This is the eighth in a series of articles introducing The Strange. You can read the first one here.
If you know how to play Numenera, you know how to play The Strange.
The rules of The Strange are quite straightforward at their heart, since all gameplay is based around a few core concepts. The Strange uses a twenty-sided die(d20) to determine the results of most actions.
The game master sets a difficulty for any given task. There are 10 degrees of difficulty. Thus, the difficulty of a task can be rated on a scale of 1 to 10. Each difficulty has a target number associated with it. The target number is always three times the task’s difficulty, so a difficulty 3 task has a target number of 9. To succeed at the task, you must roll the target number or higher.
Character skills, favorable circumstances, or help from allies can decrease the difficulty of a task. For example, if a character is trained in climbing, she turns a difficulty 6 climb into a difficulty 5 climb. If this same trained character also has some particularly excellent climbing gear, she turns a difficulty 6 climb into a difficulty 4 climb. Training is a skill, and good equipment (or other favorable circumstances) is called an asset.
You can also decrease the difficulty of a given task by applying Effort. Effort costs points from a character’s stat Pools to use (so it’s a limited resource). Characters have three stats–Might, Speed, and Intellect, and points for using Effort come from the Pool most appropriate to the task. Effort is the primary way that players have to really influence the course of the game. By using Effort, a Player can really focus on the tasks of particular importance to the character, rather than leaving it all up to a die roll.
Thus, three things can decrease a task’s difficulty: skills, assets, and Effort. If you can decrease a task’s difficulty to 0, you automatically succeed and don’t need to make a roll at all.
Combat works exactly like any other sort of task–an NPC opponent has a level that equates to difficulty, which indicates how hard she is to strike in combat, and how hard it is to avoid her attacks. Skills, assets, and Effort all come into play. In The Strange, players do all the die rolling, so if a PC attacks an NPC, the player makes an attack roll, and if an NPC attacks a PC, the player makes a defense roll.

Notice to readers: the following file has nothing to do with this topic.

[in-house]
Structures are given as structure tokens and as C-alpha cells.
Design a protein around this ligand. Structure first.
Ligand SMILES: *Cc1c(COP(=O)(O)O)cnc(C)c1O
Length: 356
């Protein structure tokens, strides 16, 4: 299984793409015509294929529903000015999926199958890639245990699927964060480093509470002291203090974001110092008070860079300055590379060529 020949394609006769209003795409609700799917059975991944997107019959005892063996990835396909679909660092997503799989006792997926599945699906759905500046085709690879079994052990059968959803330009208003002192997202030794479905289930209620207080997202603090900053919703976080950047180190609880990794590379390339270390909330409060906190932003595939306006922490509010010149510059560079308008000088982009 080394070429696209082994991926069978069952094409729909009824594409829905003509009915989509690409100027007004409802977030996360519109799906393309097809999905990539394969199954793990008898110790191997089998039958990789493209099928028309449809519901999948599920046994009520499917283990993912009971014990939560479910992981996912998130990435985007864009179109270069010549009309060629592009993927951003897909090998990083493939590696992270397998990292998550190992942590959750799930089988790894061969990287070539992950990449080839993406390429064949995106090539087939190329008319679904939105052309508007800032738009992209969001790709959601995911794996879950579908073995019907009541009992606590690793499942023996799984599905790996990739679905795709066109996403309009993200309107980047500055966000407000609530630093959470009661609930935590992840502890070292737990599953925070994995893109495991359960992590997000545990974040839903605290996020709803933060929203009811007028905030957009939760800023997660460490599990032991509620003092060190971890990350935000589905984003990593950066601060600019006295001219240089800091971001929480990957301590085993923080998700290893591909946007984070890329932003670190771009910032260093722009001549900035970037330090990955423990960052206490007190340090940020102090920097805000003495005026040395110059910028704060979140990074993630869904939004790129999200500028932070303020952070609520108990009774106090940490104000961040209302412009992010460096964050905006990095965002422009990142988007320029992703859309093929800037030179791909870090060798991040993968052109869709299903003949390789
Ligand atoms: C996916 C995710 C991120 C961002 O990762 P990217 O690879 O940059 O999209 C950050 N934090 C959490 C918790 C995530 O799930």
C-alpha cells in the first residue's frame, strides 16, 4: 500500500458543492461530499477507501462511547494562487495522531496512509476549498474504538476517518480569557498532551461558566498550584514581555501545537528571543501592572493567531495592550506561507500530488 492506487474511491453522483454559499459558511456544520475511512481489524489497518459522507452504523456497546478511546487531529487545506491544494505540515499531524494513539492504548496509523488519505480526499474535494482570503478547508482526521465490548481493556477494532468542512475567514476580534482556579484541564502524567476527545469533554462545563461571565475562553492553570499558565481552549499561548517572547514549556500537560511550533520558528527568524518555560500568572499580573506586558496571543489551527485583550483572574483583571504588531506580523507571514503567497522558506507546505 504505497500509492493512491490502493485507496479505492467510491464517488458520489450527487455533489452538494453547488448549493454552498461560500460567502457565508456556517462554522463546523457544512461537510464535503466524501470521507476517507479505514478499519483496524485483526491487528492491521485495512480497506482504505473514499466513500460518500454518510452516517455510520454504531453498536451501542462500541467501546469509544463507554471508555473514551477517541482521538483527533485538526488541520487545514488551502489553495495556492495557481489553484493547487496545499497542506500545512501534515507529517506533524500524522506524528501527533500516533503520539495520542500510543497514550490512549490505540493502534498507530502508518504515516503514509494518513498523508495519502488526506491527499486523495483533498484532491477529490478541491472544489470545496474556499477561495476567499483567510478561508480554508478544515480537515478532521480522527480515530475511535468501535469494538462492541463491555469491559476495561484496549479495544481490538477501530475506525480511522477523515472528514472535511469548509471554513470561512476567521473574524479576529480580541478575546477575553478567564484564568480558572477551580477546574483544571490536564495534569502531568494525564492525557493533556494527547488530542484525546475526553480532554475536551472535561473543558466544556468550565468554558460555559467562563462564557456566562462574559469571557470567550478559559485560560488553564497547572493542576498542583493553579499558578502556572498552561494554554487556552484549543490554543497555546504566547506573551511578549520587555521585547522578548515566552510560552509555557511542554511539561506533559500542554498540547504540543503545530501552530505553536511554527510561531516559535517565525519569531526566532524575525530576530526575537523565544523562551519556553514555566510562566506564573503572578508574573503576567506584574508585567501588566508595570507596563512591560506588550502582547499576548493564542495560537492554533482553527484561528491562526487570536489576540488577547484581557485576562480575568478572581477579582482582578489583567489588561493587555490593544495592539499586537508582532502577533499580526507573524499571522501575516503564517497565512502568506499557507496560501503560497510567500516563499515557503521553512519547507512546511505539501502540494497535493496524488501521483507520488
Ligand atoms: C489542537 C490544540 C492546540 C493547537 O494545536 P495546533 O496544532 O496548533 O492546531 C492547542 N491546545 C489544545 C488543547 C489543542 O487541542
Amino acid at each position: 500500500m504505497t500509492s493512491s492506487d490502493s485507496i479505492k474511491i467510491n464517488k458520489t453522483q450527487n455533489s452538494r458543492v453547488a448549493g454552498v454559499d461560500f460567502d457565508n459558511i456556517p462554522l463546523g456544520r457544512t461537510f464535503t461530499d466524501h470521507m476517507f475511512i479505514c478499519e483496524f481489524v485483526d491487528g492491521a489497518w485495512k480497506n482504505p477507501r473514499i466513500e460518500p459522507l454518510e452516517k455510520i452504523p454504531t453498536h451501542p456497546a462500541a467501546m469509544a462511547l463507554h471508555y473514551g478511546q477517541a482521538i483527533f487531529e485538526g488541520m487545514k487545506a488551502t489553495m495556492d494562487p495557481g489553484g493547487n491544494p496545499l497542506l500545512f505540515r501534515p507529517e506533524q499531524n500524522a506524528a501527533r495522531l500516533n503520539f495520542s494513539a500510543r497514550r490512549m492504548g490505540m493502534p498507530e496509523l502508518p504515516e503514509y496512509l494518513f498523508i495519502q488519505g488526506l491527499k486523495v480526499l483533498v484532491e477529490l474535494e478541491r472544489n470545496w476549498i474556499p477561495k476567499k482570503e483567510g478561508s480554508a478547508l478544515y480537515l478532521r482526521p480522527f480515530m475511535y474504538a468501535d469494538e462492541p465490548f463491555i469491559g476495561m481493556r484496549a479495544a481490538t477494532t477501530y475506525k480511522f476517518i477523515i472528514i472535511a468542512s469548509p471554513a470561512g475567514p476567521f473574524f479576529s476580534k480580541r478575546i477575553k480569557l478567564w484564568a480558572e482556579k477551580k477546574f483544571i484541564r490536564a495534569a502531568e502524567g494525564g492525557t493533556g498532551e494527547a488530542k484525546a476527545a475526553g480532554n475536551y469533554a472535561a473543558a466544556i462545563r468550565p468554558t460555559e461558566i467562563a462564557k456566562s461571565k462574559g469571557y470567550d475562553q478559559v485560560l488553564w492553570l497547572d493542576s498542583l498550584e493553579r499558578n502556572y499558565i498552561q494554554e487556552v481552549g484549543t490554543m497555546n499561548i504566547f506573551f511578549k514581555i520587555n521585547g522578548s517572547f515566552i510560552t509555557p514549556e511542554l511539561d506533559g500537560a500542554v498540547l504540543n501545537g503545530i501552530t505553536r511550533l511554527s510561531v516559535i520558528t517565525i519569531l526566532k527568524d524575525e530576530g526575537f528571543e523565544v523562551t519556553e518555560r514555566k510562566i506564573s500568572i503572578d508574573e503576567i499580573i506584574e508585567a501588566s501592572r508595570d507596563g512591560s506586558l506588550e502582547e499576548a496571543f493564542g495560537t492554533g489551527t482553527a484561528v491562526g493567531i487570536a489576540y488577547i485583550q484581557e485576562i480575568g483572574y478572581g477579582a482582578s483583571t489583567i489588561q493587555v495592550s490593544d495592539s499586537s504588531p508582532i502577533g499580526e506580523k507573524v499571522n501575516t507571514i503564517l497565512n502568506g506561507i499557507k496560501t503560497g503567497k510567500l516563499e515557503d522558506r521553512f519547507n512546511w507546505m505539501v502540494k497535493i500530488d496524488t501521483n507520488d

Of course, it’s called the Cypher System, so we need to mention cyphers. Cyphers are ever-changing aspects and abilities that your character has access to in the form of items of power. In terms of character capabilities, they are particularly cool abilities that a character can use one time. Cyphers are above and beyond the always-at-the-ready things that you can do thanks to your character type, focus, or descriptor. You can always count on the abilities inherent to your character, and cyphers are wild card powers that are exciting, but fleeting.
Cyphers are items that arise directly from the creative energy inherent within the Strange itself. Because of this fundamental nature, cyphers are the only things that your character can normally take when they translate themselves to another world.
Experience points (XP) are rewards given to players when the GM intrudes on the story (this is called GM intrusion) with a new and unexpected challenge. For example, in the middle of combat, the GM might inform the player that he drops his weapon. To intrude in this manner, the GM must award the player 2 XP. The rewarded player, in turn, must immediately give one of those XP to another player and justify the gift (perhaps the other player had a good idea, told a funny joke, performed an action that saved a life, and so on).
Alternatively, the player can refuse the GM intrusion. If he does so, he doesn’t get the 2 XP from the GM, and he must also spend 1 XP that he already has. If the player has no XP to spend, he can’t refuse the intrusion.
The GM can also give players XP between sessions as a reward for recovering interesting artifacts or making discoveries during an adventure. You don’t earn XP for killing foes or overcoming standard challenges in the course of play. The Strange is all about exploration, discovery, and creation.
Experience points are used primarily for character advancement, but when in a really tight spot, a player can also spend 1 XP to reroll any die roll and take the better of the two rolls.
This is the eight in a series of posts introducing The Strange. Read the next article, Creatures of the Strange. We’ll post new articles every week throughout June, July, and into August!